Given our immediate constraints, it only takes the tiniest bit of critical thinking to realize that we can’t “do anything you set your mind to.”  Since that nullifies the romantic notion that simple brute effort is all it takes to achieve a desired result, what methodology is left to us?  

Assess and experiment, assess and experiment.  The ability to put forth great effort (definitely essential; i’m a giant believer in discipline) is merely a prerequisite to actual functionality.


15 thoughts on “Musings

  1. “…a man’s got to know his limitations…” – Dirty Harry
    I would counter this thought with a more realistic version of the romantic notion. You can accomplish anything WITHIN YOUR MEANS – skills, talents, discipline, resources and ability to improve those means – if you set your mind to it. I would cite you as an example, DSFB. You’re a published author that has sold copies of what you’ve written. You set your mind to it and accomplished it. From what I’ve seen of some of your blog posts, this feat took what I mentioned. What you didn’t do was set out to change civilization with your written word. Obviously, such a goal is possible, but there is a VERY slim chance of success. Instead, you wrote what you were capable of writing by using skill, talent, discipline, resources and the ability to improve one or more of those, and you completed the effort. By the way, good job 😉

    Liked by 1 person

    • I agree with all you said and in an in-depth discussion, I’m fairly certain we would be saying the same thing in different ways. IMO, the trick is finding out what’s “within your means”, and I actually think arrogance can be beneficial sometimes, especially for younger folks. Being young and cocky is a way of finding the upper edge of your talent, and that’s necessary for some people to realize they might be in the top .0001% of performers. The trouble comes for the rest of us when we find out we’re not; do we then bemoan our lack of talent or just keep mindlessly driving forward? Or do we start using critical thinking and personal experimentation to outmaneuver our constraints? I’ve tried the brute approach and been consistently crushed, so now, as “an old man,” I opt for the other approach, LOL!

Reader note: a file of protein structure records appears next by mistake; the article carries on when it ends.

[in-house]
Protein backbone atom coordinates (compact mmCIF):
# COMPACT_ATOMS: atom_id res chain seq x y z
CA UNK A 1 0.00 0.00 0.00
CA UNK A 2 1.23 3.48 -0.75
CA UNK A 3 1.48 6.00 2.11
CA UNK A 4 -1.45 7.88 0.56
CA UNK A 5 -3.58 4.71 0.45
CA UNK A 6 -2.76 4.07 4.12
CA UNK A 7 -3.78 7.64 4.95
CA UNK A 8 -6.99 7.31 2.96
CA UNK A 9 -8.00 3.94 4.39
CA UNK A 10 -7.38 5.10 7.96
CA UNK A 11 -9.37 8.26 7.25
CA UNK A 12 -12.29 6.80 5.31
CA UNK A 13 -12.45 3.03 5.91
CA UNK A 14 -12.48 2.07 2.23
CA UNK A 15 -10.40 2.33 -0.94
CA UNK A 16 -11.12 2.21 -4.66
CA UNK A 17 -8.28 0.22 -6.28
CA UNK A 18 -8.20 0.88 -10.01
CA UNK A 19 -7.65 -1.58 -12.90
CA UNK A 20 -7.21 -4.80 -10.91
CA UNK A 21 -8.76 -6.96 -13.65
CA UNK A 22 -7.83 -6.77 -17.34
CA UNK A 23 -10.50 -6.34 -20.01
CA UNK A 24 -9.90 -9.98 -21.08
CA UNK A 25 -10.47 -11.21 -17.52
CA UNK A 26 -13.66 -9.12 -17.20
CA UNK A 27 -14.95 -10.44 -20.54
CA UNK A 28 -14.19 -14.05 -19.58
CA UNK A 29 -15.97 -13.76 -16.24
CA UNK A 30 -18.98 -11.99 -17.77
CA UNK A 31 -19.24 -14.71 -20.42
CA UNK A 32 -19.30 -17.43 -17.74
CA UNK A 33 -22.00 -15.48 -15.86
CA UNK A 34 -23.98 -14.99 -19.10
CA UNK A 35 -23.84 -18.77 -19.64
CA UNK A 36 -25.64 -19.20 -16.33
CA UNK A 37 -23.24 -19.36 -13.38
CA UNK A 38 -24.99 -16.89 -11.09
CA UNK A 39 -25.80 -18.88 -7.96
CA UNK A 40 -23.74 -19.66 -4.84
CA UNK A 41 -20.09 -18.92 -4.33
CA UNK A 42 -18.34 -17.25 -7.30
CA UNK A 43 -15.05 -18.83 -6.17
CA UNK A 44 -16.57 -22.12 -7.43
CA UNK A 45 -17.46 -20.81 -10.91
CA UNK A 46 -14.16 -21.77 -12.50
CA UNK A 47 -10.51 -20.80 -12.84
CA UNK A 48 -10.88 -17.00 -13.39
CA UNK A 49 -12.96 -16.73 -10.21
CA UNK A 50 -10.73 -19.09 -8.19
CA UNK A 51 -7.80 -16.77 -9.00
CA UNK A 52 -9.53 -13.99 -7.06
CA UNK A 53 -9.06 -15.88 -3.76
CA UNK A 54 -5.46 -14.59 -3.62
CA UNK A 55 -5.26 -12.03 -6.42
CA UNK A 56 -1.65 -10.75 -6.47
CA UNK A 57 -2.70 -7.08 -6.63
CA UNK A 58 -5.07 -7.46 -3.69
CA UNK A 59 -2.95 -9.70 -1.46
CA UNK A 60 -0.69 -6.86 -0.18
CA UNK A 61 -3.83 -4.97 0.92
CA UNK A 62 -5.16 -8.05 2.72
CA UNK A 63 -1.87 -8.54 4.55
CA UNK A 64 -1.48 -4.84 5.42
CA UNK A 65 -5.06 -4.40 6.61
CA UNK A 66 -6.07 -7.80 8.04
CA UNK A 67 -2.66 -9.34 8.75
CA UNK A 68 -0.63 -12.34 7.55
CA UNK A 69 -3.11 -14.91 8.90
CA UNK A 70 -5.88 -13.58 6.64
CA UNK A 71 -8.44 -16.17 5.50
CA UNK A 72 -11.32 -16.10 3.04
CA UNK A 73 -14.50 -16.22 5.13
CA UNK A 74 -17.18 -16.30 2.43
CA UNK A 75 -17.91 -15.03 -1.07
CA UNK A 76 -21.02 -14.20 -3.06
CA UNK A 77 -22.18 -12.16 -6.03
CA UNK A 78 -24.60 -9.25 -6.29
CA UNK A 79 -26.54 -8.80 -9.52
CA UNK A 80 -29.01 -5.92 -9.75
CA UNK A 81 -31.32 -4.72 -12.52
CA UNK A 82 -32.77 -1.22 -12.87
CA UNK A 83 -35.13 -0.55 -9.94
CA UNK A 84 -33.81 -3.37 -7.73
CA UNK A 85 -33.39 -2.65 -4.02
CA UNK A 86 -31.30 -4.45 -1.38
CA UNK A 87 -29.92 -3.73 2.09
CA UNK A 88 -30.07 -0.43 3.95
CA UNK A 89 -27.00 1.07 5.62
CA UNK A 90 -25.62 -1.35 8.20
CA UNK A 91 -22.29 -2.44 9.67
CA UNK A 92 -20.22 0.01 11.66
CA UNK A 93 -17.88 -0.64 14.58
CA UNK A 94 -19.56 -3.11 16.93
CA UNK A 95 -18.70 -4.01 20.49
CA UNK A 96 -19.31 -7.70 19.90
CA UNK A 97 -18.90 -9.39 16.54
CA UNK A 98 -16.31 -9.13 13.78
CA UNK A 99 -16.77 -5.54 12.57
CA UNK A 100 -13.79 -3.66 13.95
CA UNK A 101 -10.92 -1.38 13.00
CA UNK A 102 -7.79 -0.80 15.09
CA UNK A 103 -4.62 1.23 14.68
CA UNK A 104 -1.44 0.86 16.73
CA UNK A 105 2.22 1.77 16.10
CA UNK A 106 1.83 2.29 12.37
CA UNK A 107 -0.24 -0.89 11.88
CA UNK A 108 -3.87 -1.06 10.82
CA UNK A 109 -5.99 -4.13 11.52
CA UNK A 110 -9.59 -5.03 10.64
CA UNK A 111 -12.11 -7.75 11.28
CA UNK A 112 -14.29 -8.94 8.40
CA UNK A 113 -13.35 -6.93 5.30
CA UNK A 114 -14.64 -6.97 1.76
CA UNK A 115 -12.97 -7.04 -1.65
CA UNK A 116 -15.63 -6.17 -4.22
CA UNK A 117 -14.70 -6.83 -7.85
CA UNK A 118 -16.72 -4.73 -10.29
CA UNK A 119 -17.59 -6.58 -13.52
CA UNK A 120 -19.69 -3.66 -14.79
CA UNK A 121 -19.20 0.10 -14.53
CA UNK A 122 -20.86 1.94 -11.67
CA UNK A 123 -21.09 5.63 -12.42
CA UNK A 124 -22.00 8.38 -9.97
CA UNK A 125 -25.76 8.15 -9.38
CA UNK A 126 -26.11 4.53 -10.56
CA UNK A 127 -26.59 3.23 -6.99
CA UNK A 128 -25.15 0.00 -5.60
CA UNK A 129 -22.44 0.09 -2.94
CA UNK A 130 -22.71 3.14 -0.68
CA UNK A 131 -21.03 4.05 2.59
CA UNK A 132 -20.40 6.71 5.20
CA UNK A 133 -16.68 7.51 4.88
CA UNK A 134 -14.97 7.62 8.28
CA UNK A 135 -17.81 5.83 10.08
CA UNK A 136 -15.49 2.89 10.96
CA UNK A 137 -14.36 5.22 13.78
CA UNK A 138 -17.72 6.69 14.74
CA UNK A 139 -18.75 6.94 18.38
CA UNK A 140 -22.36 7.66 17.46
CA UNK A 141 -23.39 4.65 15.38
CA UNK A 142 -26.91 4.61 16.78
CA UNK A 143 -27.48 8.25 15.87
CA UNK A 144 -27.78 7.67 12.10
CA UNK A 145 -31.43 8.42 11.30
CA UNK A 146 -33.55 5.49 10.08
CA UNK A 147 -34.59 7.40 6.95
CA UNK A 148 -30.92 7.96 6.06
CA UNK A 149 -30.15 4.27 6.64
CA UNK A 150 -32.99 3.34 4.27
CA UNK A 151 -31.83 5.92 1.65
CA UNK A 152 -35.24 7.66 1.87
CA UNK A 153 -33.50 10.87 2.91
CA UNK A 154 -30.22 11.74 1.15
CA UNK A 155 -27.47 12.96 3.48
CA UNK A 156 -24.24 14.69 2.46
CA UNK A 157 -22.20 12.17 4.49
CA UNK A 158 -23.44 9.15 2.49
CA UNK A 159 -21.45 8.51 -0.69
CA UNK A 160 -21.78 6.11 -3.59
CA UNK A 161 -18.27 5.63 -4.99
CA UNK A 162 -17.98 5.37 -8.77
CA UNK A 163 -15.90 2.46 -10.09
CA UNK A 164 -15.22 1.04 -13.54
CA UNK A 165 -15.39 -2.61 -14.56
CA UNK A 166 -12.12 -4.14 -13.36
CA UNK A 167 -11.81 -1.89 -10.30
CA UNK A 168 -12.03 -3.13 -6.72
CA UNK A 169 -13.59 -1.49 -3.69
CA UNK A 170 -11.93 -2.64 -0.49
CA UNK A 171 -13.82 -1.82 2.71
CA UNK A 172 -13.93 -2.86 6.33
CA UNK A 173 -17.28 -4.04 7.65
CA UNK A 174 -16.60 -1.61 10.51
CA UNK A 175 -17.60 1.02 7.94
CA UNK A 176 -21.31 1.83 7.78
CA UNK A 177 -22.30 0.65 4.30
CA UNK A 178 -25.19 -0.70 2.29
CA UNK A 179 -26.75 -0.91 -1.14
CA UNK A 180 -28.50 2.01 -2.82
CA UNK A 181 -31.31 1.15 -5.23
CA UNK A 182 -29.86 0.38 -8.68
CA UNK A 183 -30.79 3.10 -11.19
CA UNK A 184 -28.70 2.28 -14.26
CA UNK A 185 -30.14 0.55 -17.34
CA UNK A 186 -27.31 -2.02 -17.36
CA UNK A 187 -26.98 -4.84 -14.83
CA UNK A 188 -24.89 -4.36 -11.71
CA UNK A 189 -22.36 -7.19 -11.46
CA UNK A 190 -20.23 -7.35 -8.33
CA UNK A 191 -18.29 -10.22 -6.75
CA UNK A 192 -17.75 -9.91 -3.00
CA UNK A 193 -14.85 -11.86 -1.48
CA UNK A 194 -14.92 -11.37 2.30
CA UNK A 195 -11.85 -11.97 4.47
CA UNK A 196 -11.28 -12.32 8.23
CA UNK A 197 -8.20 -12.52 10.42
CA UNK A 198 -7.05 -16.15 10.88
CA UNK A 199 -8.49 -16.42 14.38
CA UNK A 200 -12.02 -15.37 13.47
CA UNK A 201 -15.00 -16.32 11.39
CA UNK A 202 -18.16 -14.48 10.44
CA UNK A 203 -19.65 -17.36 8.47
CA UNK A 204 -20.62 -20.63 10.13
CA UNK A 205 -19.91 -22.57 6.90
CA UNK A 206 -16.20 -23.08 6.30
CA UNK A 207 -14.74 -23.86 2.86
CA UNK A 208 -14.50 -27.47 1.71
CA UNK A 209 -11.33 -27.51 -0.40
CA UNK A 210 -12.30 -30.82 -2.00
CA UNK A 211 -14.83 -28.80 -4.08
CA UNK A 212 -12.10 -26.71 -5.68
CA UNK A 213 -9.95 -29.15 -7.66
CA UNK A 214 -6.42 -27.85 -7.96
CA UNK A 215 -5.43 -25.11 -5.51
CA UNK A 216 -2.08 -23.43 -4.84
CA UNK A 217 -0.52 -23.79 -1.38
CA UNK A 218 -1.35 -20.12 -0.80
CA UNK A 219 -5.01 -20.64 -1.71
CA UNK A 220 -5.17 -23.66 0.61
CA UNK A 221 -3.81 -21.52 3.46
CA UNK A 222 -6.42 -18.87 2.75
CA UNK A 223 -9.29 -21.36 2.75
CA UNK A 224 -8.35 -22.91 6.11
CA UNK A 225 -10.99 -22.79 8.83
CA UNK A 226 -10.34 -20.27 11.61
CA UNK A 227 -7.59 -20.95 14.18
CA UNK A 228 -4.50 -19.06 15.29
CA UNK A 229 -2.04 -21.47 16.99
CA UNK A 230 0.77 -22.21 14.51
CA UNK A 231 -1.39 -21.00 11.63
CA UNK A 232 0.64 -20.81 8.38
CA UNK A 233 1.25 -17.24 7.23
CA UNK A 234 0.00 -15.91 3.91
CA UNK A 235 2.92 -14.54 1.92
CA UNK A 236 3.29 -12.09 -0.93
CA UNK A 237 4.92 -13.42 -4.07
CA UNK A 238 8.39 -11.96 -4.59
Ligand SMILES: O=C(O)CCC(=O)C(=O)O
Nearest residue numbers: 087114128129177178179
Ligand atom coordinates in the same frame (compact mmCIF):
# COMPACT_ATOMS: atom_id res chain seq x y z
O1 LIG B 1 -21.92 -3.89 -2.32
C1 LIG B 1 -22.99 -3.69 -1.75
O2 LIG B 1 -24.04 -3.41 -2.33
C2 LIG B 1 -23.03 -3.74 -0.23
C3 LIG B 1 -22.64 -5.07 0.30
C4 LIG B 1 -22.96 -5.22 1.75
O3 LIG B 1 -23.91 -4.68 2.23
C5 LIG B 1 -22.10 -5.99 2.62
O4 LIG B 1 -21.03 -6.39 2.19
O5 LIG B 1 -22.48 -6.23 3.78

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  2. You use the terms “our” and “we”. Are you referring to every person, or are your musings about yourself only. Sometimes it is difficult for me to get what you are saying since I am not inside your brain. What I got out of this Musing is that: One cannot simply think about doing something and have it accomplished, one must actually couple that with action. Reading your posts here is a really good way to exercise my brain.

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    • In this one, I’m referring to the human collective, and indirectly referencing our inabilities to live in space or traverse galaxies, live in super low/high gravity, etc. etc…all the inhospitable scenarios presented to us in this universe alone. (maybe we can eventually find a way to live out entire lifetimes in those scenarios, but it seems like it would require far too much energy at this point to have it be feasible for more than one uber rich person). I was actually going the other way: one can’t simply power through and trust in willpower; one has to couple that with evidence-based assessment to constantly refine an approach and make it as efficient and ethical as possible, and only THEN can one say they’re doing their best. The willpower stuff is a prerequisite; you have to have that, but it’s only an ingredient, not a dish.

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  3. Aren’t we then technically brute forcing the trial and error method? 🙂

    I think the biggest discipline I’ve attained so far is the not giving up part. Now just for the rest of them…

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    • I’d disagree, as I’ve been misled by ideals and false security gained from faulty deductive reasoning and the idea that some more accomplished person pulled it off in a certain way, so I should be able to replicate it. I think the best approach is to use deductive reasoning and past instances as a guide to establish a premise…but then experiment and assess, because in the case of social endeavors, one never knows how an individual will react to a given circumstance (I think a super high correlation in social sciences is .7, which by no means is a definite guarantee). For example, I have a wealth of fitness advice I go by, but I can tell you from personal experience that individual biologies vary wildly, and in the case of fitness, experimentation is absolutely essential. Some people will respond well to things that have a null or negative effect on me, and vice versa.

      Liked by 1 person

      • Oh man I couldn’t agree with you more and all this shows me is that I need to communicate what I was attempting to say better because what you’ve said is exactly what I was trying to portray.

        The idea behind brute forcing trial and error was meant in individual terms. My attempts could vastly differ from your attempts and based on environment, perception and capabilities we’d have multiple ways to tackle a particular problem.

        My idea of brute force is how many times you’re willing to get back up.

        Trial and error is just part of life. “What does this red button do?” *vehicle transforms into a super speed demon freak machine and screams through a tunnel upside down* “Oh…thats why we don’t press the red button.”

        Liked by 1 person

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